The engraving shows a new form of brake shoe designed particularly for street cars. The rubber or friction block has the usual concave rubbing surface, and is made of wood sawed out across the grain. This presents a better grip or hol d on the wheel t han a meta l shoe, does not wear out the wheel so rapidly, and is cheap and durable. The metal backing, Fig. 2, is of arched form, and is provided with a single side flange and opposite hook shaped ends that enter similarly shaped recesses made in the ends of the block, which is thus held securely from splitting, and, only being bound on one of its sides by the metal head, may be easily removed on aking out a holding screw, Fig. 3, and be replaced byanother without removing the whole shoe from the brake bar. The entire shoe may be carried in the usual manner. This invention has been patented by Mr. J. H. Pitard; information can be obtained from Messrs. Goldsmith & Pitard, P. O. box 334, Mobile, Alabama. Battery with Two Liquids. The author succeeds in suppressing the nitrous vapors of the Bunsen battery by using a depolarizing liquid, consisting of nitric acid in which 75 grs. potassium dichromate have been dissolved per liter. In contact with the zinc he employs either acidulated water or potassium disulphate—A. Dupre.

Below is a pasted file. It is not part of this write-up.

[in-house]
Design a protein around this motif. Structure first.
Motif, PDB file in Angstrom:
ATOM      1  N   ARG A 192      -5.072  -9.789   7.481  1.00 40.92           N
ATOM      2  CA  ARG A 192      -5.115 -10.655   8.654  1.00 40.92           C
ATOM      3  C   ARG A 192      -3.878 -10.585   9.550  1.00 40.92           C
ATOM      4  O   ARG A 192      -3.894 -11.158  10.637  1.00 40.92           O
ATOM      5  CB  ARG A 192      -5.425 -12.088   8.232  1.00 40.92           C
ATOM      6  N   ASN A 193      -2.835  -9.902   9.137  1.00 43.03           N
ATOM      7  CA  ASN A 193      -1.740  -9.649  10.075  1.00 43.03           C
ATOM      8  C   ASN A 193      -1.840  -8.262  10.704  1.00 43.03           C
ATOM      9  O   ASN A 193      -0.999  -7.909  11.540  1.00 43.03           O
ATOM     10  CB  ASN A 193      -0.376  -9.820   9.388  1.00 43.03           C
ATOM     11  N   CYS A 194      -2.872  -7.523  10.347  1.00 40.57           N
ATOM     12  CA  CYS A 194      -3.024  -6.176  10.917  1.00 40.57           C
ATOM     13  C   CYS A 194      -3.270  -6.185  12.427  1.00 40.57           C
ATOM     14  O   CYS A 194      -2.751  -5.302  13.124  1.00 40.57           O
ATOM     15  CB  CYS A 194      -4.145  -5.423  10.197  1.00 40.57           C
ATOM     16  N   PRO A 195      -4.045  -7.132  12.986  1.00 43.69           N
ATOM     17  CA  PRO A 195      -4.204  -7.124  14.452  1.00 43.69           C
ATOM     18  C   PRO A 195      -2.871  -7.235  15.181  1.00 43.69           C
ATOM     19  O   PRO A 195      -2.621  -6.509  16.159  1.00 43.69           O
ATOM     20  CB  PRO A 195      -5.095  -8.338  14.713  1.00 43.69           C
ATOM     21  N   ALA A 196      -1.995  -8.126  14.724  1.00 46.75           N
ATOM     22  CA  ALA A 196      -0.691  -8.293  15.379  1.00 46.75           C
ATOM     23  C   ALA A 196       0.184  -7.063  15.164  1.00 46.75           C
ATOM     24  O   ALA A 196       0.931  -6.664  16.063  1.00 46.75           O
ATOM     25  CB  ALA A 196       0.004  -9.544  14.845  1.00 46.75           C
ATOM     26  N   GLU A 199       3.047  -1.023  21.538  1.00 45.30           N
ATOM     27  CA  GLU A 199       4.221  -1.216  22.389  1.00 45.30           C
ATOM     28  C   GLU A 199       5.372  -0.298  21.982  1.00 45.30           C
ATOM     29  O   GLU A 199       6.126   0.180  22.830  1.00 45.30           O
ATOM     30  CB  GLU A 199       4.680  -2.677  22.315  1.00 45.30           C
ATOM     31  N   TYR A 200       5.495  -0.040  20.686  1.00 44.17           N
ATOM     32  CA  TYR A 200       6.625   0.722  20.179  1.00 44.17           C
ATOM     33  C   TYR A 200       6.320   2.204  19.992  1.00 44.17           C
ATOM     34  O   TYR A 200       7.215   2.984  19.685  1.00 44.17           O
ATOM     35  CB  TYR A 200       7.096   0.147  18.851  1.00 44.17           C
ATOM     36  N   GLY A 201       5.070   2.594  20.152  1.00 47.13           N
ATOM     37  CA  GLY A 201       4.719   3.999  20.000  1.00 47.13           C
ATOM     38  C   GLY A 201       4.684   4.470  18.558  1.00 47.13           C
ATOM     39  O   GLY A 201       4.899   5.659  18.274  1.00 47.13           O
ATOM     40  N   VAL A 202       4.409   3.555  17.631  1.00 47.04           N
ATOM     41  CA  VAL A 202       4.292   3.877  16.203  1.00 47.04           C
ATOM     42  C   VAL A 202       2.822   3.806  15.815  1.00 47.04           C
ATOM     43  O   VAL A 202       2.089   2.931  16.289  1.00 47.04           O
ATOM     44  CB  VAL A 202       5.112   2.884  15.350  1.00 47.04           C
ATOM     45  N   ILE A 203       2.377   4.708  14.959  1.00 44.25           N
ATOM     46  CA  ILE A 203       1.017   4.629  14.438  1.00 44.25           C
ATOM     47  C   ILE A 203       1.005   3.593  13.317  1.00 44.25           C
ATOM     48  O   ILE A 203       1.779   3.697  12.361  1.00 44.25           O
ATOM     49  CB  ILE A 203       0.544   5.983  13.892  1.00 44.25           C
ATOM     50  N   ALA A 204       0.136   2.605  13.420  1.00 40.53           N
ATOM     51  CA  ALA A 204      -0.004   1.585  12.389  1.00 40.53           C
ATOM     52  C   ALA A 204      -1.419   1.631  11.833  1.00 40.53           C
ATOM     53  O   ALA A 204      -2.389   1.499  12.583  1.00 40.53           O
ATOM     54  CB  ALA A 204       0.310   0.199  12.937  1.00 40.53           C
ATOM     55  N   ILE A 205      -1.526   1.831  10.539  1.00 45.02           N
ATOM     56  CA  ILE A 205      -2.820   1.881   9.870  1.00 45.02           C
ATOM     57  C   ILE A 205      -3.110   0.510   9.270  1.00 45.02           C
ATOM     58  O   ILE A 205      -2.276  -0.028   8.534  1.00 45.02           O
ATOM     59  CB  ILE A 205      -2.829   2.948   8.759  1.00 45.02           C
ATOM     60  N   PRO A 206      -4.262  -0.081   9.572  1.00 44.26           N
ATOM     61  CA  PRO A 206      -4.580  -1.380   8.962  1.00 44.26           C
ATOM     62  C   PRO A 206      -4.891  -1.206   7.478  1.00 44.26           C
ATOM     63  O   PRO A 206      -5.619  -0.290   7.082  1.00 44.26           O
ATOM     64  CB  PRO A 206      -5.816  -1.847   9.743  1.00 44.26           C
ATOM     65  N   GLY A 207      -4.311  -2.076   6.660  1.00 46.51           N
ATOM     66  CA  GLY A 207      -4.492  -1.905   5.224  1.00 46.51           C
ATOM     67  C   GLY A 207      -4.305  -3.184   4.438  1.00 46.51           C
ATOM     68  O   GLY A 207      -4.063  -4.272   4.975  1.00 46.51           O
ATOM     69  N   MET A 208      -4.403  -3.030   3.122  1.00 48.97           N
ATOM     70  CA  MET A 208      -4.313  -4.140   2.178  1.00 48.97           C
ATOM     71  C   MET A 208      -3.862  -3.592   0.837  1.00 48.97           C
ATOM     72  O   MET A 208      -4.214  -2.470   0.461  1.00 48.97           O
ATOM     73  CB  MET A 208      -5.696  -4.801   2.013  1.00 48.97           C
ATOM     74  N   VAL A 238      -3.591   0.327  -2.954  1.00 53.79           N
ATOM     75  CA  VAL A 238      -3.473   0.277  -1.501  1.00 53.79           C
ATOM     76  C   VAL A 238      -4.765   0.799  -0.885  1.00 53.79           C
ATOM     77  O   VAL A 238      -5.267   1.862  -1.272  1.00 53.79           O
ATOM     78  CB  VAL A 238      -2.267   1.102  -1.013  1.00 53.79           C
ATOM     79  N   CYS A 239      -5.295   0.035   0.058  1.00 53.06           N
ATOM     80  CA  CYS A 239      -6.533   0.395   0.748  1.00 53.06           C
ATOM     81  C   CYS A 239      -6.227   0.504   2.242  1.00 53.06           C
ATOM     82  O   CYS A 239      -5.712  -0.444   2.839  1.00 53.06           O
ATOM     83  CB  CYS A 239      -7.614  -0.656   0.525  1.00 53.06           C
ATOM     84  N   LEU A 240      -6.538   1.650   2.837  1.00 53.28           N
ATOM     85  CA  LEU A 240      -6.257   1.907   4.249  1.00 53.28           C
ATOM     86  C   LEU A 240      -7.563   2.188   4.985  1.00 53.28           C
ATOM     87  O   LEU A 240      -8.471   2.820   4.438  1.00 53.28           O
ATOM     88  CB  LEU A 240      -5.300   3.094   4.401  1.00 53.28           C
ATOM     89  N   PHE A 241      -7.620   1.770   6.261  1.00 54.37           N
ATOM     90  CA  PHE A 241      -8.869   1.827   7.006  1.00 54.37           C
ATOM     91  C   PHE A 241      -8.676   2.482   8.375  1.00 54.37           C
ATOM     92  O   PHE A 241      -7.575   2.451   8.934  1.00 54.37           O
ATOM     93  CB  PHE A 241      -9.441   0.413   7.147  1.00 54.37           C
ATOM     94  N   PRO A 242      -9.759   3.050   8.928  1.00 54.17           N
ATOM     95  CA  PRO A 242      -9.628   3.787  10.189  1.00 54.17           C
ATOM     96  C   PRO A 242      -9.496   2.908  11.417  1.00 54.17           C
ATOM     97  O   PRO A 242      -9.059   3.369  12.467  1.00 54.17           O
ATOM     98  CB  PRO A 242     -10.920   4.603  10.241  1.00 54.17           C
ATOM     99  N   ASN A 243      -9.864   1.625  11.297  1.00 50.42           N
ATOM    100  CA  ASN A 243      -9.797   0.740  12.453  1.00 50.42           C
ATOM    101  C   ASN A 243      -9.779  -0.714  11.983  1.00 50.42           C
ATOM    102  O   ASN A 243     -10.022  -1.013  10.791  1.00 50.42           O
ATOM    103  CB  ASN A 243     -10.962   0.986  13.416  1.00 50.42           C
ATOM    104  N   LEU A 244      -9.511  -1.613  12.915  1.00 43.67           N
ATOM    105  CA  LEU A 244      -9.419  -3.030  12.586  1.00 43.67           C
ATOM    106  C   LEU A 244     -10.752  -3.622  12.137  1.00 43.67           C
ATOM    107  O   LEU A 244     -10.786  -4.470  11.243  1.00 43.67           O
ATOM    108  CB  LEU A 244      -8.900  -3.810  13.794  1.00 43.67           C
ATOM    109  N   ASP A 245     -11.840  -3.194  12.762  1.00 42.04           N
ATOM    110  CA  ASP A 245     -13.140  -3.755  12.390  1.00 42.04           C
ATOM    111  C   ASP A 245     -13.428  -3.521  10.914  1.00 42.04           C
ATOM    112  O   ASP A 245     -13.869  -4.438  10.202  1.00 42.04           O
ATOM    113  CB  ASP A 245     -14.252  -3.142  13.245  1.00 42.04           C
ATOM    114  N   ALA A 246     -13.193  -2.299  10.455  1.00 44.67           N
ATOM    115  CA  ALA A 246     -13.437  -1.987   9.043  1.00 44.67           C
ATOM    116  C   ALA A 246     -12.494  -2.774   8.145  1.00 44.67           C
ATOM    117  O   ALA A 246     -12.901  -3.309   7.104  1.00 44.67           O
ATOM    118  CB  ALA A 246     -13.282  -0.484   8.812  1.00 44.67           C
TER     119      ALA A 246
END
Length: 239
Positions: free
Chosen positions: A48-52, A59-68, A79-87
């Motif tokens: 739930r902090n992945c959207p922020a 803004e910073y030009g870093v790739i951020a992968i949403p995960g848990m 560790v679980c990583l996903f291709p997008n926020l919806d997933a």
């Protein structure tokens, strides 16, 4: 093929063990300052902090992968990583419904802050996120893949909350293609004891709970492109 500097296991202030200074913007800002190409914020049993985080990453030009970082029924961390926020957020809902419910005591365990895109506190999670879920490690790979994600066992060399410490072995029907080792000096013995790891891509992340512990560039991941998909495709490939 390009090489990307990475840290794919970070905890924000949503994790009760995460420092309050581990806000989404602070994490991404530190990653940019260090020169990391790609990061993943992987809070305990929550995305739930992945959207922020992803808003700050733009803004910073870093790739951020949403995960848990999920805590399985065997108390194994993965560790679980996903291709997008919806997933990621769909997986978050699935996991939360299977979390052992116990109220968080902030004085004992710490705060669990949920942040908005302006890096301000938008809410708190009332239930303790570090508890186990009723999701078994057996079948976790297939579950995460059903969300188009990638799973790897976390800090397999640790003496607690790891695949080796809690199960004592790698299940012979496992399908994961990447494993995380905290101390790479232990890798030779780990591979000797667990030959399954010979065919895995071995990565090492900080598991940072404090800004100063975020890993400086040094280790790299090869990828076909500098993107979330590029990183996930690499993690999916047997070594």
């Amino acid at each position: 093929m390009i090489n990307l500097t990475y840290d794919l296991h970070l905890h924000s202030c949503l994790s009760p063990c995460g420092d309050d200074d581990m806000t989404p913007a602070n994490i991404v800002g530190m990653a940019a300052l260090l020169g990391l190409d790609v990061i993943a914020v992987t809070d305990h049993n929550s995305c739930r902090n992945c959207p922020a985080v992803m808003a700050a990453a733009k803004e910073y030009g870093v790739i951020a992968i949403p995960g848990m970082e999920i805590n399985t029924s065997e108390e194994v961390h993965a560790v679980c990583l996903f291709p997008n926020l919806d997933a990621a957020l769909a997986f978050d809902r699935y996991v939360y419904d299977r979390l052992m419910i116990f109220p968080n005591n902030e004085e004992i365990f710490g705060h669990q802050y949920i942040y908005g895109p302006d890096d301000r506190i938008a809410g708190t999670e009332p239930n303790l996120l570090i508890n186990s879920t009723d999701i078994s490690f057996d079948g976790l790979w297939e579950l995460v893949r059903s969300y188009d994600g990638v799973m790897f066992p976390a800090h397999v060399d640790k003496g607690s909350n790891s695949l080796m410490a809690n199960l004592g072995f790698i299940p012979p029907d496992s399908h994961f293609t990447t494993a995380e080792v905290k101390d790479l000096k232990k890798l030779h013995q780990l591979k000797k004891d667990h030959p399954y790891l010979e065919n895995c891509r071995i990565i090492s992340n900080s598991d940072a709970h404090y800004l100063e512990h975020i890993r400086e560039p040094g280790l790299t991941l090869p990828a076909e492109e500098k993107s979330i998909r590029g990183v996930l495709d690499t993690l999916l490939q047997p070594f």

This article was originally published with the title "Improved Brake Shoe" in Scientific American 52, 25, 386 (June 1885)